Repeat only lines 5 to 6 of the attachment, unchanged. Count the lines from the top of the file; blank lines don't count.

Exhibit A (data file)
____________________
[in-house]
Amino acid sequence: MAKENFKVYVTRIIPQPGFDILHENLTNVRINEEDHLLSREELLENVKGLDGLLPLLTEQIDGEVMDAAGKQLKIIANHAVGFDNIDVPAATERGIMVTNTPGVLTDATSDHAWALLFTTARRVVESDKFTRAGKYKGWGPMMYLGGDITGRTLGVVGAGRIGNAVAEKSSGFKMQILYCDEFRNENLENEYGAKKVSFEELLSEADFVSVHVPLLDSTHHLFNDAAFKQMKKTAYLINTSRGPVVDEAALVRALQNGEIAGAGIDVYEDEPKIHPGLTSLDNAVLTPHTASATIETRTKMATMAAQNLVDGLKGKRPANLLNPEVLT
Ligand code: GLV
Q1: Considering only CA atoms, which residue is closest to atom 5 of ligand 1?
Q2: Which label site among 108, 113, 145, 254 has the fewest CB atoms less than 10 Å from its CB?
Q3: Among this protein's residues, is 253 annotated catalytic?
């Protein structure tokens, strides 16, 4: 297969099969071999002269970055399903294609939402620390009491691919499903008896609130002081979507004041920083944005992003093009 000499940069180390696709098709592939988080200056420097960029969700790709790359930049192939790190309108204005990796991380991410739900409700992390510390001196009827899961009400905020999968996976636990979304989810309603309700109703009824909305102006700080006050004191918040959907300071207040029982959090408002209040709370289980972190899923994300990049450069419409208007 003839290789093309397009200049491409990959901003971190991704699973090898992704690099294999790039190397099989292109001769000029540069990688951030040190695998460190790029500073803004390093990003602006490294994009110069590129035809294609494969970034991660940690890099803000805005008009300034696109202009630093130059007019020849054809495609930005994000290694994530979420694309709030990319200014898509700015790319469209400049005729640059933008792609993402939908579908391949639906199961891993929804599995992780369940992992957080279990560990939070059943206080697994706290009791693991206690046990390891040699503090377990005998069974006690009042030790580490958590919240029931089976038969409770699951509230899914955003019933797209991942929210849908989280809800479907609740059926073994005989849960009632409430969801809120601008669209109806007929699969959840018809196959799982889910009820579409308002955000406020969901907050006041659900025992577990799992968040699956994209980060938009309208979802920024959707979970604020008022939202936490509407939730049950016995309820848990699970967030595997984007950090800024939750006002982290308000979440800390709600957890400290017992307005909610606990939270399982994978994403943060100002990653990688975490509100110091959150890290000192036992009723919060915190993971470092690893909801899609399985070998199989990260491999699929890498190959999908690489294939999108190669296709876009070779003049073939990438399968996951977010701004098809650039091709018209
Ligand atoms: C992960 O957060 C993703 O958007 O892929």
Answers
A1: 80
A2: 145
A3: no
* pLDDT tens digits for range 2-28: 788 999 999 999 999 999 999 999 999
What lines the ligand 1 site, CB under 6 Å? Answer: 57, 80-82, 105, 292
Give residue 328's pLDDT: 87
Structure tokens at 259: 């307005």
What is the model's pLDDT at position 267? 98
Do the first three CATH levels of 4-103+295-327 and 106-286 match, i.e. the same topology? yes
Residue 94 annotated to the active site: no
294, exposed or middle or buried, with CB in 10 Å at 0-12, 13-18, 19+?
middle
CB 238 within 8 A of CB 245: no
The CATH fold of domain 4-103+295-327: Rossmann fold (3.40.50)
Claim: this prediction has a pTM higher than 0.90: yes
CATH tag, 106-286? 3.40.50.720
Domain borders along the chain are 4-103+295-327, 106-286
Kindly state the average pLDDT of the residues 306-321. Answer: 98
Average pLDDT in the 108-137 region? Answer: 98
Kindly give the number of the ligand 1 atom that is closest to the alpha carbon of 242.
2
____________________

Q2: Which label site among 108, 113, 145, 254 has the fewest CB atoms less than 10 Å from its CB?
Q3: Among this protein's residues, is 253 annotated catalytic?